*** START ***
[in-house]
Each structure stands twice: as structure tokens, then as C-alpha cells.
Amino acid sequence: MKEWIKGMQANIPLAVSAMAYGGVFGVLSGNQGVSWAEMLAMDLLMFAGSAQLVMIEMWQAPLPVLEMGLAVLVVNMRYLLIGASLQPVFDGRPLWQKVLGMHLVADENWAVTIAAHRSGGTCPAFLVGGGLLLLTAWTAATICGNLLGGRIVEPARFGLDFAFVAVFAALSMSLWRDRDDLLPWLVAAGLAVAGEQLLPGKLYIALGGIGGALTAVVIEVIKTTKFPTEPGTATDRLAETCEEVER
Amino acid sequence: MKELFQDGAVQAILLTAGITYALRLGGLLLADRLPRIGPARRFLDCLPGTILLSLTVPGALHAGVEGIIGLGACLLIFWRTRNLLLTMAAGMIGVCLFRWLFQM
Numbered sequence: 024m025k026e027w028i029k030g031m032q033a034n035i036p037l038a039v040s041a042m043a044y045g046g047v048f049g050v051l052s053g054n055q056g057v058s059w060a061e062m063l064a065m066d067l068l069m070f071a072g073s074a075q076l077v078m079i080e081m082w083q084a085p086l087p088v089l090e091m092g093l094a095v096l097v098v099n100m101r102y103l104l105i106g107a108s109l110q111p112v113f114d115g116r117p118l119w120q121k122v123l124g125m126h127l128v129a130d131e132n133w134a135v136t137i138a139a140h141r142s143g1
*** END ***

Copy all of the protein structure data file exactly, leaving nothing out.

[in-house]
Each structure stands twice: as structure tokens, then as C-alpha cells.
Amino acid sequence: MKEWIKGMQANIPLAVSAMAYGGVFGVLSGNQGVSWAEMLAMDLLMFAGSAQLVMIEMWQAPLPVLEMGLAVLVVNMRYLLIGASLQPVFDGRPLWQKVLGMHLVADENWAVTIAAHRSGGTCPAFLVGGGLLLLTAWTAATICGNLLGGRIVEPARFGLDFAFVAVFAALSMSLWRDRDDLLPWLVAAGLAVAGEQLLPGKLYIALGGIGGALTAVVIEVIKTTKFPTEPGTATDRLAETCEEVER
Amino acid sequence: MKELFQDGAVQAILLTAGITYALRLGGLLLADRLPRIGPARRFLDCLPGTILLSLTVPGALHAGVEGIIGLGACLLIFWRTRNLLLTMAAGMIGVCLFRWLFQM
Numbered sequence: 024m025k026e027w028i029k030g031m032q033a034n035i036p037l038a039v040s041a042m043a044y045g046g047v048f049g050v051l052s053g054n055q056g057v058s059w060a061e062m063l064a065m066d067l068l069m070f071a072g073s074a075q076l077v078m079i080e081m082w083q084a085p086l087p088v089l090e091m092g093l094a095v096l097v098v099n100m101r102y103l104l105i106g107a108s109l110q111p112v113f114d115g116r117p118l119w120q121k122v123l124g125m126h127l128v129a130d131e132n133w134a135v136t137i138a139a140h141r142s143g1